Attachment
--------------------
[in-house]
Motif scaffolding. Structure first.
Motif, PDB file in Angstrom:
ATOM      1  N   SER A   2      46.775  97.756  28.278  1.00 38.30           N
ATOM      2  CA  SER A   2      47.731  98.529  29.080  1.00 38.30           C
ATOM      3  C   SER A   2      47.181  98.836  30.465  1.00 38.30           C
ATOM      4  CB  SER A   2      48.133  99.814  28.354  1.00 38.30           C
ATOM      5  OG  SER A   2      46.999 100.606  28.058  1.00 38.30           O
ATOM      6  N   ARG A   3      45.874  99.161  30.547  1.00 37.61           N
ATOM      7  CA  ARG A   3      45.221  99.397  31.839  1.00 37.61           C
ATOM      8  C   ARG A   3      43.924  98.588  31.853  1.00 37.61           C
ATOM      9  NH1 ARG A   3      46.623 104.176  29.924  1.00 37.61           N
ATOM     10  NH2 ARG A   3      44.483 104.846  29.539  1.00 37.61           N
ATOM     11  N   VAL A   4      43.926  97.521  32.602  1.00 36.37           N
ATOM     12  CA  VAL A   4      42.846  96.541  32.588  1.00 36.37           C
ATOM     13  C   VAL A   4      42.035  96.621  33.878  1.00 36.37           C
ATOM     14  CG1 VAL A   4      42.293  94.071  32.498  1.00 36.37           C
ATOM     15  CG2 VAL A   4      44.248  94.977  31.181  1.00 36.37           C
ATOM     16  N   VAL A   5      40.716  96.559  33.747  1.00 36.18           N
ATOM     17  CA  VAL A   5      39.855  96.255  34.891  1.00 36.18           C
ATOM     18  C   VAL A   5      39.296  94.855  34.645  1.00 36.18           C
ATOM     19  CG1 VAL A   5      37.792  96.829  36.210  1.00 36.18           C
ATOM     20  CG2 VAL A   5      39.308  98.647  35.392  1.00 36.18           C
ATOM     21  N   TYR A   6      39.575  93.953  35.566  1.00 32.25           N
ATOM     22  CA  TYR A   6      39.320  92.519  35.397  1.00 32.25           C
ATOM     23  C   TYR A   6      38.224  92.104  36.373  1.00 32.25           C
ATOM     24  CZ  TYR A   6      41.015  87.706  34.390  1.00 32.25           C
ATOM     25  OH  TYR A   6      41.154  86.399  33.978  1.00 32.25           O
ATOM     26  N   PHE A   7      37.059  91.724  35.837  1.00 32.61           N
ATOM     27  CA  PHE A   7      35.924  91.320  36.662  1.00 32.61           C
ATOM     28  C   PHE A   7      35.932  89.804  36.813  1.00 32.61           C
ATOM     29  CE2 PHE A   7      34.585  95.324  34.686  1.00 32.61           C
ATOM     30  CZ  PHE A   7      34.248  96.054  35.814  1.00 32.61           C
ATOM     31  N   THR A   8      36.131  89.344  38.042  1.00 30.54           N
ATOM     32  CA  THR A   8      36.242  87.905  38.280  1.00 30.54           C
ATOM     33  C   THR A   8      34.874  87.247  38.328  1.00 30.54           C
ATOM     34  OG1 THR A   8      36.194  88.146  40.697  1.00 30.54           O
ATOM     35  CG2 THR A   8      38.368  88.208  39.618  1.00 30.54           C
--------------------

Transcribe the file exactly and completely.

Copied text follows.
[in-house]
Motif scaffolding. Structure first.
Motif, PDB file in Angstrom:
ATOM      1  N   SER A   2      46.775  97.756  28.278  1.00 38.30           N
ATOM      2  CA  SER A   2      47.731  98.529  29.080  1.00 38.30           C
ATOM      3  C   SER A   2      47.181  98.836  30.465  1.00 38.30           C
ATOM      4  CB  SER A   2      48.133  99.814  28.354  1.00 38.30           C
ATOM      5  OG  SER A   2      46.999 100.606  28.058  1.00 38.30           O
ATOM      6  N   ARG A   3      45.874  99.161  30.547  1.00 37.61           N
ATOM      7  CA  ARG A   3      45.221  99.397  31.839  1.00 37.61           C
ATOM      8  C   ARG A   3      43.924  98.588  31.853  1.00 37.61           C
ATOM      9  NH1 ARG A   3      46.623 104.176  29.924  1.00 37.61           N
ATOM     10  NH2 ARG A   3      44.483 104.846  29.539  1.00 37.61           N
ATOM     11  N   VAL A   4      43.926  97.521  32.602  1.00 36.37           N
ATOM     12  CA  VAL A   4      42.846  96.541  32.588  1.00 36.37           C
ATOM     13  C   VAL A   4      42.035  96.621  33.878  1.00 36.37           C
ATOM     14  CG1 VAL A   4      42.293  94.071  32.498  1.00 36.37           C
ATOM     15  CG2 VAL A   4      44.248  94.977  31.181  1.00 36.37           C
ATOM     16  N   VAL A   5      40.716  96.559  33.747  1.00 36.18           N
ATOM     17  CA  VAL A   5      39.855  96.255  34.891  1.00 36.18           C
ATOM     18  C   VAL A   5      39.296  94.855  34.645  1.00 36.18           C
ATOM     19  CG1 VAL A   5      37.792  96.829  36.210  1.00 36.18           C
ATOM     20  CG2 VAL A   5      39.308  98.647  35.392  1.00 36.18           C
ATOM     21  N   TYR A   6      39.575  93.953  35.566  1.00 32.25           N
ATOM     22  CA  TYR A   6      39.320  92.519  35.397  1.00 32.25           C
ATOM     23  C   TYR A   6      38.224  92.104  36.373  1.00 32.25           C
ATOM     24  CZ  TYR A   6      41.015  87.706  34.390  1.00 32.25           C
ATOM     25  OH  TYR A   6      41.154  86.399  33.978  1.00 32.25           O
ATOM     26  N   PHE A   7      37.059  91.724  35.837  1.00 32.61           N
ATOM     27  CA  PHE A   7      35.924  91.320  36.662  1.00 32.61           C
ATOM     28  C   PHE A   7      35.932  89.804  36.813  1.00 32.61           C
ATOM     29  CE2 PHE A   7      34.585  95.324  34.686  1.00 32.61           C
ATOM     30  CZ  PHE A   7      34.248  96.054  35.814  1.00 32.61           C
ATOM     31  N   THR A   8      36.131  89.344  38.042  1.00 30.54           N
ATOM     32  CA  THR A   8      36.242  87.905  38.280  1.00 30.54           C
ATOM     33  C   THR A   8      34.874  87.247  38.328  1.00 30.54           C
ATOM     34  OG1 THR A   8      36.194  88.146  40.697  1.00 30.54           O
ATOM     35  CG2 THR A   8      38.368  88.208  39.618  1.00 30.54           C